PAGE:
Just over two-thirds of consumers globally (67%) now expect bricks-and-mortar retail stores to accept contactless payments and just under half (44%) wouldn’t shop at a store that only offers payment methods that require contact with a cashier or shared device, a survey of merchants and consumers in nine countries around the world has found.
The fifth edition of The Visa Back to Business Study also found that 68% of consumers say that the Covid-19 pandemic has permanently changed how they make payments “with a preference on safer and touchless ways to pay” and that 60% expect to use contactless payments whenever possible in the next three months.
Nearly three-quarters of small businesses (74%) say they expect customers to prefer contactless payments as much or more than they do now in future and 40% identify contactless payments as “a critical investment area to meet a new wave of expectations”, according to the survey.
The survey also shows regional variations, with 73% of consumers in the United Arab Emirates saying they would not shop at a store where contactless payments are not accepted compared with 30% in Russia.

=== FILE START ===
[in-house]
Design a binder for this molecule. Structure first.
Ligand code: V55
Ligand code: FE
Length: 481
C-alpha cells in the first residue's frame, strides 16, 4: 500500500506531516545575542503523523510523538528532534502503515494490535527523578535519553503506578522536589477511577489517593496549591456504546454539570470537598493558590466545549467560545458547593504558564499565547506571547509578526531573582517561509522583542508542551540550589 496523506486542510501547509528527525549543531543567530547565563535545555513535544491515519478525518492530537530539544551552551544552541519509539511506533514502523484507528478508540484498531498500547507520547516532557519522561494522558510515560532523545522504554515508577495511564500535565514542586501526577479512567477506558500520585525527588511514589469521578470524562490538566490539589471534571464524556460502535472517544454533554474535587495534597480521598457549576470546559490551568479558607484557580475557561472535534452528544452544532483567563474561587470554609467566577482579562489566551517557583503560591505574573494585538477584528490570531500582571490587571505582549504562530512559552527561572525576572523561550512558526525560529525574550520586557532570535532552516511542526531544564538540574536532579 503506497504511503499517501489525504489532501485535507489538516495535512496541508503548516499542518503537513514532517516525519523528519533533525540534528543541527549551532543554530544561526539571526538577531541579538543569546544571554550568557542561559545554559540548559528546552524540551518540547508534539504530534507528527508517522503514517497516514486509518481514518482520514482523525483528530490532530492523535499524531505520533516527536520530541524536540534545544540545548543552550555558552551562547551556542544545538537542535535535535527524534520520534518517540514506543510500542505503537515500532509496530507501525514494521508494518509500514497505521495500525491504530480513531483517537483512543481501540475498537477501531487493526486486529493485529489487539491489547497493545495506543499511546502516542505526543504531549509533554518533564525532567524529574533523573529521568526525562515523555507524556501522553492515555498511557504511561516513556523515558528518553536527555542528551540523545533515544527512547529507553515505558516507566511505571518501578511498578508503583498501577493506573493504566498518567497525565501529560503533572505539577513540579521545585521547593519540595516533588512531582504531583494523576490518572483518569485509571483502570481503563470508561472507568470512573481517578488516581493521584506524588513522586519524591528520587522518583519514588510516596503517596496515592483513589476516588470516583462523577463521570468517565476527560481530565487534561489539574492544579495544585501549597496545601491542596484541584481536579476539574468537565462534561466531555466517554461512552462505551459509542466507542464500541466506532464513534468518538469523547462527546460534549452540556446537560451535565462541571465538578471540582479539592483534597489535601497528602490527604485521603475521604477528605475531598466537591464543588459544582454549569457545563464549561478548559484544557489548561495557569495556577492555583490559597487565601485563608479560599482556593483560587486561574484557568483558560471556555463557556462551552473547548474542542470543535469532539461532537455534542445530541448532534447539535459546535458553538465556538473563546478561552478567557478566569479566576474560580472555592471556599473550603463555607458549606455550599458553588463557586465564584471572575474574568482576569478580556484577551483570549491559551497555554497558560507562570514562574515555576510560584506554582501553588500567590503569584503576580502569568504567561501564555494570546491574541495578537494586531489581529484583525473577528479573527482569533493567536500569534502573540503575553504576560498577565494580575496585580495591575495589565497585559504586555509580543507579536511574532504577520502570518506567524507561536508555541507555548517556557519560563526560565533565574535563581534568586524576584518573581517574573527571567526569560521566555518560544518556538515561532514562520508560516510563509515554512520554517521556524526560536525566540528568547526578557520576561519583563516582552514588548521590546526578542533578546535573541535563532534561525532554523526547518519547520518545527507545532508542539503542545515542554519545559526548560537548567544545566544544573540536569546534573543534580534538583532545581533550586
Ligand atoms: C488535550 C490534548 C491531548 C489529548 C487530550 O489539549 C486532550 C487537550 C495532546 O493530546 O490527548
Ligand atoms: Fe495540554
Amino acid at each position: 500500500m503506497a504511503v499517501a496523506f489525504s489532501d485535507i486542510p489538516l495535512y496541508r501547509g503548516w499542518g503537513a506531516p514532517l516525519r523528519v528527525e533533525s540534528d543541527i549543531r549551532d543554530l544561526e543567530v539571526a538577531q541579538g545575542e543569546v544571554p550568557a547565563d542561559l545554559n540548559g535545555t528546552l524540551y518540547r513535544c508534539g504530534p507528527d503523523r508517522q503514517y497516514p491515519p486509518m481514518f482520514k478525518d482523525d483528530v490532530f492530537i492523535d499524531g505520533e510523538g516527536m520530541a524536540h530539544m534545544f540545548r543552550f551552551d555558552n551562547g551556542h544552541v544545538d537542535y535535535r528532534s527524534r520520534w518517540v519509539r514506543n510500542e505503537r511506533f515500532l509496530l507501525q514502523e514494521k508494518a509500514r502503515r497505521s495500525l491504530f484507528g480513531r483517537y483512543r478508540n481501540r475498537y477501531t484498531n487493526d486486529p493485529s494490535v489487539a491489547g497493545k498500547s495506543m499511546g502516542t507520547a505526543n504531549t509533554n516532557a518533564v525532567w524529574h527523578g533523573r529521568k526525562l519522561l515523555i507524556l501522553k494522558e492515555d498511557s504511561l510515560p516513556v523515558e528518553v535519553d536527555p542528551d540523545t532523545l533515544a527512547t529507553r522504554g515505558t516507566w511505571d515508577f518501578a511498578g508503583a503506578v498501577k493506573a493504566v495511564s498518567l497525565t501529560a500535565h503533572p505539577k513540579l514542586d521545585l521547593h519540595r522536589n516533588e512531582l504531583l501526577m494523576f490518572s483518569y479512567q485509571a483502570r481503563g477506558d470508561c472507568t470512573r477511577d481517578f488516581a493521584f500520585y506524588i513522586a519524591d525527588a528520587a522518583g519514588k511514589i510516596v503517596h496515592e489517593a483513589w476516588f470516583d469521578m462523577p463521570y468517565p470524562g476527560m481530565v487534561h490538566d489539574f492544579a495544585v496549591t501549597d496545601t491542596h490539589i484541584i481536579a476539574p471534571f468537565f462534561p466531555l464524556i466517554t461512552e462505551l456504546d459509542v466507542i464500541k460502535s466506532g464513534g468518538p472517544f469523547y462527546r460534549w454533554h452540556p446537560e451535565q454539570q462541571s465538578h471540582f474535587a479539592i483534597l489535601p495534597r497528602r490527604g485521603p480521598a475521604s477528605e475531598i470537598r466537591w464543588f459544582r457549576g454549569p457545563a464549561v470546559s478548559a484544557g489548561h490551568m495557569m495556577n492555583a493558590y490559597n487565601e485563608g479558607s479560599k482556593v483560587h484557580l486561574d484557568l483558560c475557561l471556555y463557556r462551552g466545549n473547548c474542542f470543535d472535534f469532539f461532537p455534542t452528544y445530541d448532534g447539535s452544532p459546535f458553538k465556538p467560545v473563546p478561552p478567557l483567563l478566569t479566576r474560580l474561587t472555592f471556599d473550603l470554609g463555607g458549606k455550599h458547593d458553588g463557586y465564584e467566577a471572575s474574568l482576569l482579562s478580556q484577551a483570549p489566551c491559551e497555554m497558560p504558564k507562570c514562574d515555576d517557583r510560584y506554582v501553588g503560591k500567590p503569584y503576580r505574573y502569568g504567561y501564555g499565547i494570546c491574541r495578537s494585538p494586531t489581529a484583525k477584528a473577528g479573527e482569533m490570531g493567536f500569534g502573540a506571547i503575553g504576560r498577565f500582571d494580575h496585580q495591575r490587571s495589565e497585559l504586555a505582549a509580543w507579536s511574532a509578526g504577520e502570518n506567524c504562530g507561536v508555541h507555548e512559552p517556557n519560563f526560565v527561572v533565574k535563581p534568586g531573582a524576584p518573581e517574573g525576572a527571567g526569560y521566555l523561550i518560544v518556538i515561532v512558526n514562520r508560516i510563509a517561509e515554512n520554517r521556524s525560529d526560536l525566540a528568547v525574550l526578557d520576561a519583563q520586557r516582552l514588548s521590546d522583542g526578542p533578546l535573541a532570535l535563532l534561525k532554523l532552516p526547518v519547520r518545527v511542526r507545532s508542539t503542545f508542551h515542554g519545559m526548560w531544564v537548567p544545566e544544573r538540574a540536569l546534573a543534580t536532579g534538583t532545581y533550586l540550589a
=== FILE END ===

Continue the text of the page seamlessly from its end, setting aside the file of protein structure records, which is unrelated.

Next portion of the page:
The percentage of consumers expecting retail stores to accept contactless payments also ranges from 54% in the USA to 69% in Germany, 74% in Russia, 75% in Canada and 82% in Ireland.
“The pandemic has dramatically increased consumers’ concern with touching cash and payment readers and correspondingly increased the desire to tap and pay,” Visa says.
“Stores that don’t accept contactless payments could run an increased risk of losing customers as a result.
“Previous research from Visa also found that, of the UK small businesses surveyed which were confident of bouncing back from the pandemic, two thirds (67%) said that their in-store experience for customers has improved due to the acceptance of contactless and digital payments.”
Survey participants included 2,250 small business owners in Brazil, Canada, Germany, Hong Kong, Ireland, Russia, Singapore, United Arab Emirates and the USA, 1,000 adult consumers in the US and 500 adult consumers in the other eight countries. It was conducted by Wakefield Research for Visa in June.